On the late afternoon of May 20th, most of the United States and Canada will have an opportunity to watch an eclipse of the Sun. Nearly everywhere it will be a partial solar eclipse—but for those living in a narrow band across the southwestern part of this country, the event will be seen as an “annular eclipse.” In either case, solar eclipses are relatively rare in any given location, and if skies are clear that day it should not be missed!
Except those living along the Eastern Seaboard, readers across the country (and Canada) should mark the late afternoon of Sunday, May 20th, on their calendars. Anywhere west of a line running through the middle of New York State, Pennsylvania, Virginia, the extreme western portions of North and South Carolina, and northwestern Georgia, just before sunset the Moon will take a bit out of the edge of the Sun. The further west you live, the more of the eclipse will be seen and the bigger the bite taken out of the Sun before it sets. The entire eclipse will be visible in the western third of the U.S.
For those lucky enough to be situated in a narrow zone about 150 miles wide stretching from the panhandle of Texas all the way to the California-Oregon border, an annular eclipse will be seen. A total solar eclipse is Nature’s grandest spectacle (just ask anyone who has seen one!). It occurs when the Moon completely blocks the Sun’s disk, causing darkness to fall, the stars to come out and the temperature to drop dramatically—all in an event lasting only minutes. (It’s one the many “coincidences” found in astronomy that the Sun is 400 times bigger in apparent size than the Moon, but the Moon at it’s average distance is 400 times closer!) Since the Moon’s orbit is elliptical, at times it’s somewhat further away from us—enough so that its disk is a little too small to completely block the Sun. This results in an annular eclipse in which a ring (or annulus) of the Sun is seen shining around the Moon. Its duration will range from about 1 minute to 4 1/2 minutes, depending on location.
Observers must exercise care in watching this event. Looking at the Sun through even the darkest pair of sunglasses will not protect you. They may filter its visible light, but harmful ultraviolet and infrared rays will still get through. One traditional recommendation is looking through a #14 welder’s filter. Better are an inexpensive and safe pair of “Eclipse Shades” similar in construction (only!) to the 3-D glasses being used in theaters, or a hand-held “Eclipse Viewer,” both of which are available from Rainbow Symphony at: http://www.rainbowsymphony.com/soleclipse.html. For up-close views of the eclipse, binoculars and telescopes are recommended. However (and here especially), proper filters are an absolute must to avoid serious eye damage or blindness! And the filters must be of the type that fit over the front of a telescope or both binocular lenses and NOT over their eyepieces. Many inexpensive small telescopes (especially imported ones) have an eyepiece filter marked “Sun” on it. These are absolutely deadly and often crack due to the intense heat being focused by the telescope itself. Stopping most of the light and heat of the Sun before it enters an instrument is the only safe and sane way to view it directly. One extensive source for optical solar filters is Thousand Oaks Optical at: http://thousandoaksoptical.com/ (click on the “solar filters” icon). Another safe but not as effective way to view the eclipse is to project the Sun’s image through a pinhole in a piece of cardboard and onto a white sheet of paper. The projected image will be quite small, but depending on the hole size and how far back the screen is placed it will show a black chunck taken out of the Sun by the Moon. A similar scheme called “eyepiece projection” is sometimes used with telescopes themselves but has been known to crack eyepieces if prolonged too long. And here, as any time a telescope is being used for solar viewing, its finder scope must be capped since it can also cause damage!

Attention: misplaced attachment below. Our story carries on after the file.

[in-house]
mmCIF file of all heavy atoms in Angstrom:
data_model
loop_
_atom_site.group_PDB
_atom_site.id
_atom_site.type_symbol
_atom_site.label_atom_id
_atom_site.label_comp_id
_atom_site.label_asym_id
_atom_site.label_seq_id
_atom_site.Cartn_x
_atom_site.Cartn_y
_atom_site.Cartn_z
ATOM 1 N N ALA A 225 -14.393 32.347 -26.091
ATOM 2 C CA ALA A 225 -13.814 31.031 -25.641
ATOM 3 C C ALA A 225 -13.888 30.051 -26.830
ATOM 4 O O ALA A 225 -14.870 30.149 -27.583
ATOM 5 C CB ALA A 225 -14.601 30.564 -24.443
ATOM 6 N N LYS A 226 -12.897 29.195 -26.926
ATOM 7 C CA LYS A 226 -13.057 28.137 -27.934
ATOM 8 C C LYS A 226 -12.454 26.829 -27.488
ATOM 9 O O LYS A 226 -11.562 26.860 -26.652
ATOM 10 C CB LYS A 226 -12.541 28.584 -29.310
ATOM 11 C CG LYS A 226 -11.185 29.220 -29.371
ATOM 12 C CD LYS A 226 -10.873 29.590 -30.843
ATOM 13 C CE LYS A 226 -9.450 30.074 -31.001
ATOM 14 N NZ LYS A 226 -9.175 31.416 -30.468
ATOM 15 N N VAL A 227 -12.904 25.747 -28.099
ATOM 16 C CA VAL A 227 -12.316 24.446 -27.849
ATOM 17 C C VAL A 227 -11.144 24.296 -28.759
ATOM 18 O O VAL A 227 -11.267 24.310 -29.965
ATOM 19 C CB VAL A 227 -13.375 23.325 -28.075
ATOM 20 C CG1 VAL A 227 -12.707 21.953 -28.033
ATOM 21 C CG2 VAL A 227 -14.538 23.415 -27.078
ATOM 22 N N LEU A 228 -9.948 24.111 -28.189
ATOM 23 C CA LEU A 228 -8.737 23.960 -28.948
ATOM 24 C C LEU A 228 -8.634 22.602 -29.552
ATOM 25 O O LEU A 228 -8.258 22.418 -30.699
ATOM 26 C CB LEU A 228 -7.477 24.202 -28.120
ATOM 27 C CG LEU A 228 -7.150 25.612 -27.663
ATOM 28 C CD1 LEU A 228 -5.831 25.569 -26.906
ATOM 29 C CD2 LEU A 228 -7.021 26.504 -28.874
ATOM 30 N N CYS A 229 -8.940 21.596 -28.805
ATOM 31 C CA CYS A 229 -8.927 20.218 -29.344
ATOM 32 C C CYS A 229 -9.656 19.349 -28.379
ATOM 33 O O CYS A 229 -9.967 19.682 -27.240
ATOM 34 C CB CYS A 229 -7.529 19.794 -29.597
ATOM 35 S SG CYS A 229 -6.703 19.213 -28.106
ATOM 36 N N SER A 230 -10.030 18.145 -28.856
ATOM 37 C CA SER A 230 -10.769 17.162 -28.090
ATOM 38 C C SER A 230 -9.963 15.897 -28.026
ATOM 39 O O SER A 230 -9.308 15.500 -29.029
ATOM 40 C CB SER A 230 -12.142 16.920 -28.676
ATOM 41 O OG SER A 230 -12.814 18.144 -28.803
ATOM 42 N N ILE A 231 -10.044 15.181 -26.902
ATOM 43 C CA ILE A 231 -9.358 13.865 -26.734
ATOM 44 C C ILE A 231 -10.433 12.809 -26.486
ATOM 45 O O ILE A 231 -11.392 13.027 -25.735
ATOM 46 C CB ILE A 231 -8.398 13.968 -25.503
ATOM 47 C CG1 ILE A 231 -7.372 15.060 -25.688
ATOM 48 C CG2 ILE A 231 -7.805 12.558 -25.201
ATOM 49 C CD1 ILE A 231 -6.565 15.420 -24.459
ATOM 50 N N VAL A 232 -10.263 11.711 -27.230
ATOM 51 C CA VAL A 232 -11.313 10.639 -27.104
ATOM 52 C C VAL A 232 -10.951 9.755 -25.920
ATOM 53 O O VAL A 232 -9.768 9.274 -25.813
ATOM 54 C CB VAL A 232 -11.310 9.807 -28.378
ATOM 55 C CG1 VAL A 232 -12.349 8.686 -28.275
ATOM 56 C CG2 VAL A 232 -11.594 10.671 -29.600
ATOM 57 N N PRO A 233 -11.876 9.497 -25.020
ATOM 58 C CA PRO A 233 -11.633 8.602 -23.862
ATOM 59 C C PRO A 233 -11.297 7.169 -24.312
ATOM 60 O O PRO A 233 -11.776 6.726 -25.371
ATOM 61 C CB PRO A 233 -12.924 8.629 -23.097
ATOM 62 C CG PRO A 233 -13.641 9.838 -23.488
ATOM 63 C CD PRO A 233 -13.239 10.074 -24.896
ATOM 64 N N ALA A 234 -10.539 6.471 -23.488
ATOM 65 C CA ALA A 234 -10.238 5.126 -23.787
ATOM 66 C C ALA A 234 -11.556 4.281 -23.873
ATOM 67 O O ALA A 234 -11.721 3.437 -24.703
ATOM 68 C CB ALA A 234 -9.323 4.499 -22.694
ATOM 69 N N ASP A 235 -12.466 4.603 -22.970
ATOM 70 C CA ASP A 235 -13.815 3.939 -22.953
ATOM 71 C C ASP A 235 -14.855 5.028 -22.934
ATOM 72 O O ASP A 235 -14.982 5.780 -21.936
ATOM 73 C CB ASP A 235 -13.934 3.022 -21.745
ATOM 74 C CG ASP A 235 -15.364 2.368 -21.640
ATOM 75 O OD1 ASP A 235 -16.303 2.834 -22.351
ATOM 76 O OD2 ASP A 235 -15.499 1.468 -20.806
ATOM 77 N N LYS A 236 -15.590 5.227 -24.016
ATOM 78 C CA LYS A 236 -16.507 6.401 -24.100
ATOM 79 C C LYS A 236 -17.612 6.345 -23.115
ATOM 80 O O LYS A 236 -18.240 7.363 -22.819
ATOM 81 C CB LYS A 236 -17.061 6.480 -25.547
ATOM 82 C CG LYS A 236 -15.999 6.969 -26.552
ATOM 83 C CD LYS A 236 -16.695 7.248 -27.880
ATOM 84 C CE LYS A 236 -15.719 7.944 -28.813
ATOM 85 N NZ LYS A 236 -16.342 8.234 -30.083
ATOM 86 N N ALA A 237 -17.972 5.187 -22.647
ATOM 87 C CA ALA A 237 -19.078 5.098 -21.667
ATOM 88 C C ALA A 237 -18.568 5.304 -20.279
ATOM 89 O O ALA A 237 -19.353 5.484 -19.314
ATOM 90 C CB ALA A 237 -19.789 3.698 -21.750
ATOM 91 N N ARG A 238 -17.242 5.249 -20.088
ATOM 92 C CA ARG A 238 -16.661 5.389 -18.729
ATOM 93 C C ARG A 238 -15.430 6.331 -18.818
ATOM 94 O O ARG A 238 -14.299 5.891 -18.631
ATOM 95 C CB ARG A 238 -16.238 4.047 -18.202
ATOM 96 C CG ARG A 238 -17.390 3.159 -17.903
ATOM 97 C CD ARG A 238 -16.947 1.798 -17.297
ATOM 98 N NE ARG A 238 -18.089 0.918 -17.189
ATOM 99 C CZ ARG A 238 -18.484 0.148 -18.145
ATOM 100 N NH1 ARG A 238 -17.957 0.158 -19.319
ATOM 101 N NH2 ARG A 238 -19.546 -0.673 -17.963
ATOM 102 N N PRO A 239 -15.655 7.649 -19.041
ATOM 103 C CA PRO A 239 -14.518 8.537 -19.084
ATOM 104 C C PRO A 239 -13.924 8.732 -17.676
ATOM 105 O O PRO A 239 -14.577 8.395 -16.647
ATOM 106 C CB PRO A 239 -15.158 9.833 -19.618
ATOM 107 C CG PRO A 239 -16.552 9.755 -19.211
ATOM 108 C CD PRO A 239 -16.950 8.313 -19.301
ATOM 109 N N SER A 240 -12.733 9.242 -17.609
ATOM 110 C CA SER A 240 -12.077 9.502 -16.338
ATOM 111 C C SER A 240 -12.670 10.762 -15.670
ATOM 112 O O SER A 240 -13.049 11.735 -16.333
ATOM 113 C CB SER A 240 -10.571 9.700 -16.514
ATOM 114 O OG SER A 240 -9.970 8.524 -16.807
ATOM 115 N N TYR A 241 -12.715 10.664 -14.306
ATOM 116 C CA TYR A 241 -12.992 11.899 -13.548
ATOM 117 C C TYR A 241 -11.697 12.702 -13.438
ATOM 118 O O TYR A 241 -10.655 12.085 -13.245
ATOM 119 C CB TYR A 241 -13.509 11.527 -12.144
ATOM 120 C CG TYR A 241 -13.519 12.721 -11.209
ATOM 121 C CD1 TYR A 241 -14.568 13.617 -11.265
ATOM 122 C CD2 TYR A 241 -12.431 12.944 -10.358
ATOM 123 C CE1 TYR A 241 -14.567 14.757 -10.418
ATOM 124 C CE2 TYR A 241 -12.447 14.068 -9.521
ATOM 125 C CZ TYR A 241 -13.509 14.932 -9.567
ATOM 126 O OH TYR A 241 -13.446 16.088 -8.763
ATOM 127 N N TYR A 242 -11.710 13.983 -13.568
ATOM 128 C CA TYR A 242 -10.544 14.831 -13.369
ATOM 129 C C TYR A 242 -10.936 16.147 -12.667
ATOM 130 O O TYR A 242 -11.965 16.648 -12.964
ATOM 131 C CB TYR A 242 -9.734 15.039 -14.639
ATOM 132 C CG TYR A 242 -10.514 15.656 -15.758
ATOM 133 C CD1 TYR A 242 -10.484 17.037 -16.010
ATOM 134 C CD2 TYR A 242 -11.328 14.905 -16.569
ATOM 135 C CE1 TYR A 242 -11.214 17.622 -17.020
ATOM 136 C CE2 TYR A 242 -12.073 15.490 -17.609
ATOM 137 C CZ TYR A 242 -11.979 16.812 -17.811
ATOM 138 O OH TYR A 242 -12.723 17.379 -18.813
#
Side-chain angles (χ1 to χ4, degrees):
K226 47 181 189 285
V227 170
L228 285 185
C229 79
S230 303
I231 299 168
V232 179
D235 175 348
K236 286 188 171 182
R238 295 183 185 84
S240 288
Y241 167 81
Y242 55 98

— James Mullaney
Former assistant editor at Sky & Telescope magazine & author of eight books on stargazing.